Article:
Photo Source: Inford.org
How indirectly investing in green jobs and a circular economy can increase revenue and returns
This qualitative proposal is intended to reach an imaginary Chief Financial Offer of a Consumer Packaged Goods (CPG) company. The purpose of this proposal is to engage conversation regarding these ideas to drive value. While I’ve never formally worked inside of a CPG company, I recognize that these recommendations may (or may not) be realistic nor feasible, dependent on the company. I’d invite you to tell me where you feel this might be the case.
The way in which most CPG companies are producing results in a linear consumption model by way of consumers. A linear consumption model is comprised of taking resources, making products and dumping as waste. We are evidently seeing this model becoming strained as our natural resources (as such, raw materials) become depleted as inputs with this dangerous model.
In Europe during the year of 2010, 2.7 billion tons of waste was generated with just 40% reused, recycled or composted and digested (MacArthur). That’s 60% of waste that has ended up elsewhere, and a portion of that presumed to have further financial value as cascaded use for input. We can compare that to the United State’s recycling, reuse and compost rate of 35.2% in 2017 (EPA). The question becomes, how much of that waste could have been used as input for production processes with a lower cost than the virgin material?
Furthermore, if we continue to rely on nonrenewable resources such as petroleum to produce plastic, CPGs are at risk from a scarcity standpoint, and thus, from a price volatility standpoint. We can see this happening given that price volatility measures for metals, food and non-food agriculture output in the first decade of the 21st century were higher than any single decade in the 20th century (MacArthur).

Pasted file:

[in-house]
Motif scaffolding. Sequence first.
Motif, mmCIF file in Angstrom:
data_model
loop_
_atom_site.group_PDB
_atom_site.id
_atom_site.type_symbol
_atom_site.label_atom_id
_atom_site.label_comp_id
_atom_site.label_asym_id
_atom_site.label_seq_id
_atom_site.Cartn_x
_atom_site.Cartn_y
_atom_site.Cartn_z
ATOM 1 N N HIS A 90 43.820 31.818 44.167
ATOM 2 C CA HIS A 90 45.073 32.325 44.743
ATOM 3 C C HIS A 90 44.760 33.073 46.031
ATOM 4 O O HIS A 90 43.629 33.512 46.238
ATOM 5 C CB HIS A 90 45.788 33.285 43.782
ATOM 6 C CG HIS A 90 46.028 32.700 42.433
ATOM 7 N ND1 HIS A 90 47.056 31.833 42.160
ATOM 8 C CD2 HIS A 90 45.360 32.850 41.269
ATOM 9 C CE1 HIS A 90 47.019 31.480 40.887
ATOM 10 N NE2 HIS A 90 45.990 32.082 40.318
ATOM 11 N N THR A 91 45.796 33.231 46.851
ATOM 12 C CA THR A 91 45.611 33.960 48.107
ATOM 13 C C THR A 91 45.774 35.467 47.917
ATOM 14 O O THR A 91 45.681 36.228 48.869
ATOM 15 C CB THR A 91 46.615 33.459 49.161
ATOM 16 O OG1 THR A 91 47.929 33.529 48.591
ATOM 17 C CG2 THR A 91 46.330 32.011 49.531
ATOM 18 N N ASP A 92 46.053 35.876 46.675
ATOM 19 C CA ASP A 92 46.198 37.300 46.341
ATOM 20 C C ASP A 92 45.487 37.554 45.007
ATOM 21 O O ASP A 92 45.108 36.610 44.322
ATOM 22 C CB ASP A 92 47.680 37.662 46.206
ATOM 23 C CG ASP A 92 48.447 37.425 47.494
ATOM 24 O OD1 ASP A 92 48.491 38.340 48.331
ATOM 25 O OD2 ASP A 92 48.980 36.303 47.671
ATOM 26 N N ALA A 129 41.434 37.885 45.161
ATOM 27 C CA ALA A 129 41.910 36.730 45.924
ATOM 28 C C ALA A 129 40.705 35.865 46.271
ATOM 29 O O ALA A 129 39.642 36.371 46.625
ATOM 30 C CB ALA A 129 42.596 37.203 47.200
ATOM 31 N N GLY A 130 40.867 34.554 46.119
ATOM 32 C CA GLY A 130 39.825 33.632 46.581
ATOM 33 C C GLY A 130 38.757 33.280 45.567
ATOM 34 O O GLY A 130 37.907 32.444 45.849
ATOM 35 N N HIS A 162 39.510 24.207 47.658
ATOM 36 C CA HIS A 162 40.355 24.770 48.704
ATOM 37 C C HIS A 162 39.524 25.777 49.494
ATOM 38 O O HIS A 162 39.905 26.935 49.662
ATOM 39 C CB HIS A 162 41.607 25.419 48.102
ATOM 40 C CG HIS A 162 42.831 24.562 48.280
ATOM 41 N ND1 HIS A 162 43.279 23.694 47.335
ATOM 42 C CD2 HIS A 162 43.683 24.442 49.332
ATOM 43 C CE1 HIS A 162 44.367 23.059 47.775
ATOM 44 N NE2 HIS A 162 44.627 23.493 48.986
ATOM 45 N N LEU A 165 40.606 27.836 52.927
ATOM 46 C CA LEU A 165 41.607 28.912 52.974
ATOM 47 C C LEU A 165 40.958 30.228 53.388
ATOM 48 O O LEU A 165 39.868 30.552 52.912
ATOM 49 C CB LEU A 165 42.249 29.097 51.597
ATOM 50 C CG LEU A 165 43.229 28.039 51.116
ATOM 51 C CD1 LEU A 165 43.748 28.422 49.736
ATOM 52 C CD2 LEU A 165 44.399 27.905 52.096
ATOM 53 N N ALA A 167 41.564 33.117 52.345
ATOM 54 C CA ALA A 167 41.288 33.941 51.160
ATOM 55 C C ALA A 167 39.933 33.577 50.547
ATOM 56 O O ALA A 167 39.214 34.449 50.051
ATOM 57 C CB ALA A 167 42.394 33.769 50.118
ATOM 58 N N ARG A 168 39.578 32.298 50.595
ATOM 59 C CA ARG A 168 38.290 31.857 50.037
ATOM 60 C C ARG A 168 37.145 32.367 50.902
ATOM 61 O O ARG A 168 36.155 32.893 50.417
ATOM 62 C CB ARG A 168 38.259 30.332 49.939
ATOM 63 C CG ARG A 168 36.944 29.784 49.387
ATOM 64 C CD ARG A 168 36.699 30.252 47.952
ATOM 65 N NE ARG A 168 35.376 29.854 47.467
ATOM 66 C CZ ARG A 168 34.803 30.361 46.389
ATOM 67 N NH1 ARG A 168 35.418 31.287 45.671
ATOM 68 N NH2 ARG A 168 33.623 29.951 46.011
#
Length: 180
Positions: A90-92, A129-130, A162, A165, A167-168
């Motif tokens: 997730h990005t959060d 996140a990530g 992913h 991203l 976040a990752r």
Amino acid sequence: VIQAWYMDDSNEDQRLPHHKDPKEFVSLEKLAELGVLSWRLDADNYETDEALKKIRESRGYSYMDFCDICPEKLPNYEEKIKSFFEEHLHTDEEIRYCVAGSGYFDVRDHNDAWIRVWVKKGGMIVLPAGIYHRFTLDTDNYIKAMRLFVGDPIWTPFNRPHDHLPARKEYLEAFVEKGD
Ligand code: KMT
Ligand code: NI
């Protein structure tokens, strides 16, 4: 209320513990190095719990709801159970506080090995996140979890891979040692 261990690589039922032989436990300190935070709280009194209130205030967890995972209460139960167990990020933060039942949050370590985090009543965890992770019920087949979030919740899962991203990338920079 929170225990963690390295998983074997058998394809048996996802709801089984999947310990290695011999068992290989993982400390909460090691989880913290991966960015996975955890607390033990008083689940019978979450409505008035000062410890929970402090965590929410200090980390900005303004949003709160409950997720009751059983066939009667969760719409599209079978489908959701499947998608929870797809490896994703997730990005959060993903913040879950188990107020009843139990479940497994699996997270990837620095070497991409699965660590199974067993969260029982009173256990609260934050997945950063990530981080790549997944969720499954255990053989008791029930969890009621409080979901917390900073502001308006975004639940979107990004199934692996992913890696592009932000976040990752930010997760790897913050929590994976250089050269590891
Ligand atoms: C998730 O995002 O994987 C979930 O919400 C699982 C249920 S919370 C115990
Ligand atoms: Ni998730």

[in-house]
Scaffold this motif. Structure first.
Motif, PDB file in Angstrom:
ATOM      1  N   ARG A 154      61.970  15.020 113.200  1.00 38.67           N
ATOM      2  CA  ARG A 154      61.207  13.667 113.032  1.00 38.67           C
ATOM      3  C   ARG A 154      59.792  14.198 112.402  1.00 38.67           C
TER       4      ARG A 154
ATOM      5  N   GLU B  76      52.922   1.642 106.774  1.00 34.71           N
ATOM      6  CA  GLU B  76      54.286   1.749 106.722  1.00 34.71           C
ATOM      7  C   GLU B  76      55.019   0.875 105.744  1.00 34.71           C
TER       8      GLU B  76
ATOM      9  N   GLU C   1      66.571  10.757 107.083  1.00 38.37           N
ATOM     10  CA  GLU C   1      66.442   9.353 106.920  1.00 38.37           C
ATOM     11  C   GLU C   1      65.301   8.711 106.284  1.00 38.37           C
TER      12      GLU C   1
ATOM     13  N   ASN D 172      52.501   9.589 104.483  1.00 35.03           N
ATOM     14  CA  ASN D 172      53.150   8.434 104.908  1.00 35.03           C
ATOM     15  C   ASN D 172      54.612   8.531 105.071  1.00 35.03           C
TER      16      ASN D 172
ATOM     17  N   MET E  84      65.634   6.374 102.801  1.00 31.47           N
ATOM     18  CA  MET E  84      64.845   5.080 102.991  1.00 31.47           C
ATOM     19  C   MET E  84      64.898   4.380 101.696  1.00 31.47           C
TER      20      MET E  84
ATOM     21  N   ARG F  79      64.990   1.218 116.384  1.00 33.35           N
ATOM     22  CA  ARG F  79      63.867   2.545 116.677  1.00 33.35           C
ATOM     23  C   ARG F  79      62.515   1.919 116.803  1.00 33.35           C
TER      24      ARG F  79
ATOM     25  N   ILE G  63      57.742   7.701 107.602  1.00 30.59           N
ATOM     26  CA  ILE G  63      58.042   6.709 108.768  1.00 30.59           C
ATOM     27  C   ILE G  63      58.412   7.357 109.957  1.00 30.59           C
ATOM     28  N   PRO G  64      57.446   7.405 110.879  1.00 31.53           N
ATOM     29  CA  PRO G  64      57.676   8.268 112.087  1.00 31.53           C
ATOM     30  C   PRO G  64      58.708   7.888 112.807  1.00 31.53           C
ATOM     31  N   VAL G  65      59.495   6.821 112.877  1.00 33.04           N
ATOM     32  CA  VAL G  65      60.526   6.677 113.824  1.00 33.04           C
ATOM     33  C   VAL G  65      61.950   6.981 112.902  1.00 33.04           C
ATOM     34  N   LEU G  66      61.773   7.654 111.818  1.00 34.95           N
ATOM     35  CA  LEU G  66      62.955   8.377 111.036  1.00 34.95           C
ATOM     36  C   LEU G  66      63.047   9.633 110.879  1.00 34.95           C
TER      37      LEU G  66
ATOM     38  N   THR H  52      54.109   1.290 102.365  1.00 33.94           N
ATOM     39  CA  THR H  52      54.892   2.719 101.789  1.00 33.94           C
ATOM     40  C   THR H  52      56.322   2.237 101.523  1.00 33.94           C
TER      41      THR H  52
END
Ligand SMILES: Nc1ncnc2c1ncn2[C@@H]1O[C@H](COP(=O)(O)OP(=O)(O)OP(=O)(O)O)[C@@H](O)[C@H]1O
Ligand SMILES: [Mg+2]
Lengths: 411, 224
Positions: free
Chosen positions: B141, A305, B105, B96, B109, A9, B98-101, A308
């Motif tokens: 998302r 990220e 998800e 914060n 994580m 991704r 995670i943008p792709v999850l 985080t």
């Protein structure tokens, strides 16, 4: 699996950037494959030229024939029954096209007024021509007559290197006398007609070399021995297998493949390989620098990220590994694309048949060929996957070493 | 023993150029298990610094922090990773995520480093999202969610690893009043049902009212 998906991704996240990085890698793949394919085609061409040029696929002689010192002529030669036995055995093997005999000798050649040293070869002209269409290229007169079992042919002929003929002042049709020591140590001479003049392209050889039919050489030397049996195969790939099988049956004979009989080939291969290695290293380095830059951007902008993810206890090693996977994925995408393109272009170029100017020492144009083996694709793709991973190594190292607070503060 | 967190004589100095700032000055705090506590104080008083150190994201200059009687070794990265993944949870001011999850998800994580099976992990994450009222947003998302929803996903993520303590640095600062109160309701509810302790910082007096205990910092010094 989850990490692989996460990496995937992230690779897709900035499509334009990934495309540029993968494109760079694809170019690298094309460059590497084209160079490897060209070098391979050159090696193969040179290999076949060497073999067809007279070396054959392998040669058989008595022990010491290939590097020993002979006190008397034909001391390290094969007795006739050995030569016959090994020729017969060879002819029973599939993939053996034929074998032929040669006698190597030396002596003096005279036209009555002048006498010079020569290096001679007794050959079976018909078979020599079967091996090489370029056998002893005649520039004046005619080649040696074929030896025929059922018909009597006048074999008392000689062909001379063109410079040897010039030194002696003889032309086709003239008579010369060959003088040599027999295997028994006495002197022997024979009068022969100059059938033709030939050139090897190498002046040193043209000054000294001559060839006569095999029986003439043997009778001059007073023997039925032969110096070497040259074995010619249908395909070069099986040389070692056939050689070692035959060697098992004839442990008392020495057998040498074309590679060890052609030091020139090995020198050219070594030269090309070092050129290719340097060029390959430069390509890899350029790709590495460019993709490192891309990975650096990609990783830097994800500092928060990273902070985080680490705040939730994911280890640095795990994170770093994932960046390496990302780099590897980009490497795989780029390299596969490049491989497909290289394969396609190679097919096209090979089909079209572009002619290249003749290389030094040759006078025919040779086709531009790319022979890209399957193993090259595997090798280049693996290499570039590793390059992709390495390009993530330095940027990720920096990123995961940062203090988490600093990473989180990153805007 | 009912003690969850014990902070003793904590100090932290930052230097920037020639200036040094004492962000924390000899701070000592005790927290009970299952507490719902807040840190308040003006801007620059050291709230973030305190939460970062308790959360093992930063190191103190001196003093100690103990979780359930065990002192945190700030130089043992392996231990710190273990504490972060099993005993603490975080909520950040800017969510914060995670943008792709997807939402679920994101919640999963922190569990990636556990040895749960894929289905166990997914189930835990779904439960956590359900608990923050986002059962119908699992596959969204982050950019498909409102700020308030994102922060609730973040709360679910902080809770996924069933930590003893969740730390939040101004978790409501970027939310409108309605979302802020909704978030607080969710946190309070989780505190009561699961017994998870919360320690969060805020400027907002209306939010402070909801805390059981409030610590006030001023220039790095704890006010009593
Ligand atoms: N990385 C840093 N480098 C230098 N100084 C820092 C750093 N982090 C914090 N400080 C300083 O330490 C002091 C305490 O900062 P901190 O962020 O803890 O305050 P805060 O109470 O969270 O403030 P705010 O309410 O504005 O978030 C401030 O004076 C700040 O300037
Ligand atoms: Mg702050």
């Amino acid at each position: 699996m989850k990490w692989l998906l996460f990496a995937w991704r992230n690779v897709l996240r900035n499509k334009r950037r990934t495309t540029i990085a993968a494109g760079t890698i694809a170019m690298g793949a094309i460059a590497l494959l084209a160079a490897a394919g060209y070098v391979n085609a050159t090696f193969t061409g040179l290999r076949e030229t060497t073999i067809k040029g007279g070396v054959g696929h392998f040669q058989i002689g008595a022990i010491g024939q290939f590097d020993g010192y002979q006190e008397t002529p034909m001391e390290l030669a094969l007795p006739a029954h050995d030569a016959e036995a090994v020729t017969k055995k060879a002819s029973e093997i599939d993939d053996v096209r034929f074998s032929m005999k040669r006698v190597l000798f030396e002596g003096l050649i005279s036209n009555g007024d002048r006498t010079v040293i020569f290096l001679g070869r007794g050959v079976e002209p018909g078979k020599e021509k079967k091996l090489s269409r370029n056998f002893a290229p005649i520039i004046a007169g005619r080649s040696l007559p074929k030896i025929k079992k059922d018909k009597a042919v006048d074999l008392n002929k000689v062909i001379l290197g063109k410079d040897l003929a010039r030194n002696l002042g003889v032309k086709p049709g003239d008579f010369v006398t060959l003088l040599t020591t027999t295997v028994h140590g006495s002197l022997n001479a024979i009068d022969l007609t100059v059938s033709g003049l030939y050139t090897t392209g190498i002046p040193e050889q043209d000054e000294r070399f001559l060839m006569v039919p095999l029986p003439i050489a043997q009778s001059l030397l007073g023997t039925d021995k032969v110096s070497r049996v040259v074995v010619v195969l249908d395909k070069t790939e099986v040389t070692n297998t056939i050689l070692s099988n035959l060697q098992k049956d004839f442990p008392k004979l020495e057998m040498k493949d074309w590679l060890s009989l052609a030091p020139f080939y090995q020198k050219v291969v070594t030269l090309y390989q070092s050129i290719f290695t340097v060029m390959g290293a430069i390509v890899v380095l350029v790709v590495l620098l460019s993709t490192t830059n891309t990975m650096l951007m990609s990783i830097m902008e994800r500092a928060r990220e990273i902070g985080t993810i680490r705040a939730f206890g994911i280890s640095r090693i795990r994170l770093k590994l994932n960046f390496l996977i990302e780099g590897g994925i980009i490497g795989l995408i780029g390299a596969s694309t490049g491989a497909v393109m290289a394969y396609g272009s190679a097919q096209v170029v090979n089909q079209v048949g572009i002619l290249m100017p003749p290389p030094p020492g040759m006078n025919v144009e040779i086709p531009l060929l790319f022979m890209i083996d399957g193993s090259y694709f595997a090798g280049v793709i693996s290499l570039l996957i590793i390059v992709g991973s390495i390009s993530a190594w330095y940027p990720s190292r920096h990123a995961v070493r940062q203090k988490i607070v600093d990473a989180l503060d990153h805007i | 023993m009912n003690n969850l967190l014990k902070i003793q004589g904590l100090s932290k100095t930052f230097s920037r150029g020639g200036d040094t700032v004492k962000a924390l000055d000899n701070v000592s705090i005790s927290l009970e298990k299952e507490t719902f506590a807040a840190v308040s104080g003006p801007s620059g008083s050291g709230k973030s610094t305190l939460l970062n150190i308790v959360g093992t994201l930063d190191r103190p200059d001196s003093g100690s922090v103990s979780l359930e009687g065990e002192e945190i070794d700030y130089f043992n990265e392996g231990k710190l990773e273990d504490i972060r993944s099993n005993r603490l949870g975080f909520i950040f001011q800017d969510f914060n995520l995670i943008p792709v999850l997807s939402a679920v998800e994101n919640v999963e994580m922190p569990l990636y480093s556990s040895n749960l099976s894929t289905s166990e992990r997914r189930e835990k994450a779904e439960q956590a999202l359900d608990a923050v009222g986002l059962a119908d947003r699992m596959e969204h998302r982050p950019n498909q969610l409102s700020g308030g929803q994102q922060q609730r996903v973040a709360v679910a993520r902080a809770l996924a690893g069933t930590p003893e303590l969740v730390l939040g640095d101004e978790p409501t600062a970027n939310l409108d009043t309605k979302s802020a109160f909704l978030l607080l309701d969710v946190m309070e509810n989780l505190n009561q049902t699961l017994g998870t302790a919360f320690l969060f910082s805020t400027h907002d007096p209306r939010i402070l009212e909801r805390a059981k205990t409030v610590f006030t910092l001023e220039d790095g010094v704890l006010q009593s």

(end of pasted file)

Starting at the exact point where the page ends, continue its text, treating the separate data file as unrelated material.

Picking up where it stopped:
PepsiCo announced that they expect input costs for the fiscal year to rise by 1.4 to 1.6 billion due to commodity price increases (MacArthur). This exposes the financials of major CPG companies to both short term and long terms risks dependent on the strength of our systems and how much they can handle with regard to extraction and climate change.
According to Ellen MacArthur, “By switching to the circular economy, you can mitigate the risk of price volatility and supply. Such a shift would move us away from the steep right-hand side of the cost curve, thus likely reducing demand-driven volatility.” CPGs can begin to mitigate these risks by integrating specific circular economy principles where both our energy and inputs are derived from renewable resources. By switching to renewable energy for manufacturing and administrative functions, it will decrease our resource dependence and increase our system dependence.
This transition will also indirectly introduce additional jobs into our economy, which will presumably increase the amount of discretionary income that consumers are able to spend on CPG products. Fast Company recently reported on the viability of such an opportunity with regard to jobs, stating that a “$1 million investment in energy efficiency creates around eight full-time jobs, nearly three times as many as an investment in fossil fuels.” With a job comes presumed discretionary income. Is it realistic to assume that such discretionary income would increase respective CPG revenues, given the scale?